8 Things About Organisational Change and Development You May Not Have Known

Organisational change and development refers to the collection of processes followed by organisations with the aim of optimising their performance and working towards increasing the bottom line. While change is inevitable and a necessity at times, it is important that change is minimal, incremental and subtle, and controls and policies help achieve this.

Here are some interesting facts and tips on organisational change you may not have given much thought to:

Competition drives organisational change

Competitive pressures are a huge agent for change. With the ever increasing penetration of technology, customers are exposed to competing local and global providers, and hence, companies are forced to be more innovative in their product development and process improvement, more efficient in their “doing” and hence save time and cut costs, and in turn allocate higher budgets for research and new product development. 

Avoid adding complexity, processes, and systems to cope with change. The operations should always aim to simplify not make things more complex.

Change is essential to make Mergers & Acquisitions work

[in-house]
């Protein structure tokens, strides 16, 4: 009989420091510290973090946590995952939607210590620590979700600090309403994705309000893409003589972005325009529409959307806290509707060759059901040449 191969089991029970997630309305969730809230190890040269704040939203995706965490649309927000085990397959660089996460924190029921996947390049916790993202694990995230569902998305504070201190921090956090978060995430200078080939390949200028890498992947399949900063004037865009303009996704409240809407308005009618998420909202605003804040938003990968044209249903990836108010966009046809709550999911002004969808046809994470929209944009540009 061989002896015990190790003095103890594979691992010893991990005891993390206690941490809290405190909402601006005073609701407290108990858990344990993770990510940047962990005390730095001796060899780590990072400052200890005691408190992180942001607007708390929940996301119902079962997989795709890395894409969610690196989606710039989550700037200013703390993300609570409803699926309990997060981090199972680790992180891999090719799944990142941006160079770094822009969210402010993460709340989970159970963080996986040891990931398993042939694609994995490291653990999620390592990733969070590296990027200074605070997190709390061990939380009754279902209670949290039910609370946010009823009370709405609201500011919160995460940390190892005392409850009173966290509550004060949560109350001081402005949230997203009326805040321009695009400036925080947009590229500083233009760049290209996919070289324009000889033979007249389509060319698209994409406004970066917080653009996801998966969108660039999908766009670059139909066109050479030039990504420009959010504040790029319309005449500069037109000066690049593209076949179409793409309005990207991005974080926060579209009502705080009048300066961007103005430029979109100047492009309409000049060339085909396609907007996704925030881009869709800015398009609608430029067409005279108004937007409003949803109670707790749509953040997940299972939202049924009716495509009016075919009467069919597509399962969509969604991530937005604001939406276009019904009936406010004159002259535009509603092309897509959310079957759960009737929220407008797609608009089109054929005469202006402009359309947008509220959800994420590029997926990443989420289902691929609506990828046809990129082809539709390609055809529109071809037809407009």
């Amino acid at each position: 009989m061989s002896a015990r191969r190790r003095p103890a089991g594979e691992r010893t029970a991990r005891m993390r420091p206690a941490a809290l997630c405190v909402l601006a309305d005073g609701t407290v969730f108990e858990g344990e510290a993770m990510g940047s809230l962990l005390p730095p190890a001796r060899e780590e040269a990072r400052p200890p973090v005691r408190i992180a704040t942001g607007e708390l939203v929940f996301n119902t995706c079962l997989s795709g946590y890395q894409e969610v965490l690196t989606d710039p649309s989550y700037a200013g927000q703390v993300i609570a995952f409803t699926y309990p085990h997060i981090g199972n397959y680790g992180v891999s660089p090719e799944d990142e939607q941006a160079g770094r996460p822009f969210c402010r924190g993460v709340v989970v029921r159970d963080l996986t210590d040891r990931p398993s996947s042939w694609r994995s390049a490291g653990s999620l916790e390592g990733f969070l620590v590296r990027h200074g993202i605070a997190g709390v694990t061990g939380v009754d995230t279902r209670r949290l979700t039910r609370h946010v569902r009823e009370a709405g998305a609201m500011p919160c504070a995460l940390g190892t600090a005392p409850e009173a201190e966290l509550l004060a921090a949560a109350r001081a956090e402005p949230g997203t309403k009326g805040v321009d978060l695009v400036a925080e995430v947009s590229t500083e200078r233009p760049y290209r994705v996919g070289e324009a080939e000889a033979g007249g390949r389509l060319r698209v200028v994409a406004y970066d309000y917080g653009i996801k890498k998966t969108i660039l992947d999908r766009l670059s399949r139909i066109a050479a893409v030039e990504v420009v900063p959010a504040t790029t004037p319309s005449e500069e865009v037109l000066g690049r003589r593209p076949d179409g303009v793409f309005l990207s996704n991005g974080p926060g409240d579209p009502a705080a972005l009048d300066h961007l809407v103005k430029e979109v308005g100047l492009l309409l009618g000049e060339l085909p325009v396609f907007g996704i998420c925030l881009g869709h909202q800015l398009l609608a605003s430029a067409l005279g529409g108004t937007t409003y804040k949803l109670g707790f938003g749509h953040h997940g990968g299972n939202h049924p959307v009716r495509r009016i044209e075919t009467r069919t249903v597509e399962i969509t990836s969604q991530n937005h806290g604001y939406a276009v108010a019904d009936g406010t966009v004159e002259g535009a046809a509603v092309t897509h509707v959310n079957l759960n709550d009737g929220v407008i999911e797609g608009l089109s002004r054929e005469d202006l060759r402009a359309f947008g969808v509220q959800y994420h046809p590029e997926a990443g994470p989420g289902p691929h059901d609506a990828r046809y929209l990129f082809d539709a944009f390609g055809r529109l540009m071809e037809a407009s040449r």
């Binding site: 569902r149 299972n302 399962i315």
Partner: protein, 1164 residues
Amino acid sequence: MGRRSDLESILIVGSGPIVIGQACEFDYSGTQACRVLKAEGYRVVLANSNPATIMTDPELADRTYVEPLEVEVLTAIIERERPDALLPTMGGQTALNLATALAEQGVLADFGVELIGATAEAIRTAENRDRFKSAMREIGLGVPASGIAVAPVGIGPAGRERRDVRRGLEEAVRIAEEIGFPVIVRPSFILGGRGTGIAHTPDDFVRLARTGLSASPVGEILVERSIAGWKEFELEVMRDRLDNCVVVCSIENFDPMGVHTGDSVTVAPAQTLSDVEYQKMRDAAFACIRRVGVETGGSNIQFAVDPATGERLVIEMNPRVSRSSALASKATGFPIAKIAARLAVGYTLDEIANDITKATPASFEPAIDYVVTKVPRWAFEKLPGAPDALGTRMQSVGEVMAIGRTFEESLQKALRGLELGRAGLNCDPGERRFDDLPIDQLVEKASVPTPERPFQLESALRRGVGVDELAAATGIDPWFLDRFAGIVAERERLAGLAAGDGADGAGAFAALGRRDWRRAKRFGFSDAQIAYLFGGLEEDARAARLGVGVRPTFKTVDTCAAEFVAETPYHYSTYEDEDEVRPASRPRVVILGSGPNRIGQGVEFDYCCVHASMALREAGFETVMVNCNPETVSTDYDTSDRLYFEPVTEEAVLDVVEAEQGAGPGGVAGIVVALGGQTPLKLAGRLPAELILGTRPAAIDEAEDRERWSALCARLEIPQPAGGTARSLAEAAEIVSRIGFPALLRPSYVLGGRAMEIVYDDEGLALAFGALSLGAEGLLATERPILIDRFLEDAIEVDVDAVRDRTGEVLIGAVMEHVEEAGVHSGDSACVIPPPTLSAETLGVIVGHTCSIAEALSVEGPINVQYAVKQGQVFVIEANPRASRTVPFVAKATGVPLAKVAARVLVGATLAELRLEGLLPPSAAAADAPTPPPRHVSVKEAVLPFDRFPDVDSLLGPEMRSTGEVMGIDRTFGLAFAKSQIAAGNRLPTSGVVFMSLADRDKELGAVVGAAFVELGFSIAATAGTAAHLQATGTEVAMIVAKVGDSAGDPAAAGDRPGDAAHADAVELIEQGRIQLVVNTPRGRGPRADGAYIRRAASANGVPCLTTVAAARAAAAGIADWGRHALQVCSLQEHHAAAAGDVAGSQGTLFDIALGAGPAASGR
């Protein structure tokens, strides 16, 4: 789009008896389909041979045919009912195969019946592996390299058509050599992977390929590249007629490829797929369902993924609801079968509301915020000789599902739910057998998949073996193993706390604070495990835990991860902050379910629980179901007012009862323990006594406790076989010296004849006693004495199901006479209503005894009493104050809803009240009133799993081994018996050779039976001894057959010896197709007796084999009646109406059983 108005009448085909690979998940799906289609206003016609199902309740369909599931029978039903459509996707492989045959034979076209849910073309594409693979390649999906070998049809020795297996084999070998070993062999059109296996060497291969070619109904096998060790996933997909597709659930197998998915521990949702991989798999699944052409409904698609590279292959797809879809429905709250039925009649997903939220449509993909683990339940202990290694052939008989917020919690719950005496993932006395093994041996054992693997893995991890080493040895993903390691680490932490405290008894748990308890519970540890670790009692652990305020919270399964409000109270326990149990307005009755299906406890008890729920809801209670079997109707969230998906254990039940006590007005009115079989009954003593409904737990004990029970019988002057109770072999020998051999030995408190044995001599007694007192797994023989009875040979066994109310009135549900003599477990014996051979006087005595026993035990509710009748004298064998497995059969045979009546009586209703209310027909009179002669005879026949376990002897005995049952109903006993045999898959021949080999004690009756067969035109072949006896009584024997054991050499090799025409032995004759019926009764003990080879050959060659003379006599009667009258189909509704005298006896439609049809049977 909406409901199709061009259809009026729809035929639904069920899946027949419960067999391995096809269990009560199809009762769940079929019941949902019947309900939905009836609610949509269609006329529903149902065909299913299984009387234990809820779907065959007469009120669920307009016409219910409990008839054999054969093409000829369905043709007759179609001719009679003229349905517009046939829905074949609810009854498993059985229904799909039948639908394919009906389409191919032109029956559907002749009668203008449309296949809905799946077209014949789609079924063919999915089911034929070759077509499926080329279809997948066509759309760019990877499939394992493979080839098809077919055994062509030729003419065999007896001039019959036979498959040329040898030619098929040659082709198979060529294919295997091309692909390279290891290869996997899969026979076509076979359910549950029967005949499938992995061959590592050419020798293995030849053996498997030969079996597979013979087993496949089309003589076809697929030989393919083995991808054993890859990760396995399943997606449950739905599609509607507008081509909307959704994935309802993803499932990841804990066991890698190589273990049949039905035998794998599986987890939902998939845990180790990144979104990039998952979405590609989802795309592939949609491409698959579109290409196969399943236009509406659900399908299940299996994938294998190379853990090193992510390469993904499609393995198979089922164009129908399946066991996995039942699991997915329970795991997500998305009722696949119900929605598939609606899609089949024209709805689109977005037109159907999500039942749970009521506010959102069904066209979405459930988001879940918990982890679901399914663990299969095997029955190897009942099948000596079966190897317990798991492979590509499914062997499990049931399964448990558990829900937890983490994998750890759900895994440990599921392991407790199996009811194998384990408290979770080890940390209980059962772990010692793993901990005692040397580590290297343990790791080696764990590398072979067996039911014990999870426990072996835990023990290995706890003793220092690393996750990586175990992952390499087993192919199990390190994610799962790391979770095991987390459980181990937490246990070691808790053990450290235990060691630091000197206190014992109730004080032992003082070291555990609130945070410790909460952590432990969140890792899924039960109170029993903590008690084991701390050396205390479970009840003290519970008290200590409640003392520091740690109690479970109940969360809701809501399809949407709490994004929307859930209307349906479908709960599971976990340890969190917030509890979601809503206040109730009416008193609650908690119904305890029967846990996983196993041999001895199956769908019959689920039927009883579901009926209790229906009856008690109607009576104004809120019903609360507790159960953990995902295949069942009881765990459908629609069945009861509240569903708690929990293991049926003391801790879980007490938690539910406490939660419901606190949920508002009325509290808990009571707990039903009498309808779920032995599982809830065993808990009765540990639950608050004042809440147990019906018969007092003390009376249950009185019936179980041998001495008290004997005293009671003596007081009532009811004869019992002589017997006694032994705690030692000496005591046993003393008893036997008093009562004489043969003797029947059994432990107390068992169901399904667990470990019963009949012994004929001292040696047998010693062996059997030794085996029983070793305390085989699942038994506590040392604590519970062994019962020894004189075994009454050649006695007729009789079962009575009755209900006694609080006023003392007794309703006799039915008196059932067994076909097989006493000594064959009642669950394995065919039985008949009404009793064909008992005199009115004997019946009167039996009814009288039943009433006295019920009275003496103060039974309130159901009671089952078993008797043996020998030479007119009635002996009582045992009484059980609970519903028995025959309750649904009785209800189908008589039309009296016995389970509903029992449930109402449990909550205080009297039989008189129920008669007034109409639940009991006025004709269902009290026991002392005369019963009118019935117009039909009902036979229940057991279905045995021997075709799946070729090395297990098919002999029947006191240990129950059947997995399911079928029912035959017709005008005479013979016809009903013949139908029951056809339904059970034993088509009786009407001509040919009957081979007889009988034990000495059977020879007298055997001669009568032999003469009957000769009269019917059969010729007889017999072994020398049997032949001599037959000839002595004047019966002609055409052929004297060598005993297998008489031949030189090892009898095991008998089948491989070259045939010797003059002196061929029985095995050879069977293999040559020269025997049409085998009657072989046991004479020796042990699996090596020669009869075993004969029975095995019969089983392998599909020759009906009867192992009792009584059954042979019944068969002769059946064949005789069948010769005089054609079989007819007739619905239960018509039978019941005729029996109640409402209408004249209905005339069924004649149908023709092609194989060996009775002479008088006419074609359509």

Mergers & Acquisitions (M&A) are a very common occurrence in today’s day and age. While M&As are generally preceded by an assessment of the cultures of the individual organisations to evaluate how well the companies complement each other, there is a large amount of change that is bound to happen post M&As. 

Some of the ways of managing this form of change is by appointing an Integration Manager/Team, having a transition plan and brainstorming prior to the merger or acquisition about the possible issues that could come up and devise solutions in foresight. Letting affected departments to fight it out might be easier but rarely useful.

Governmental/Legal legislation force change

Businesses operate within and are bound by the laws of various entities, be it a community, a state, region or the world in general. Due to various occurrences and shifts in leadership, laws and legislation of doing business may change, causing businesses in the industry to change accordingly. 

The key is to implement changes in regulatory requirements with minimum impact on customer service and ease of doing business. The tendency of "belt and braces" approach without thought of the impact on the customer needs to be fought at all costs.

Technology causes change

The evolution of technology is an important point of discussion relating to organisational change. Improvements in technology and their adoption by firms may cause the processes, culture, and workload to change. Technology may automate work done by humans and cause lesser work opportunities, or may upscale capabilities and result in a rise of work. 

Either way, adoption of new technology can cause an organisation to change. It is important to actually remove process steps, including controls, no longer required with new technology - not doing so leads to massive confusion in the future.

Customer pressure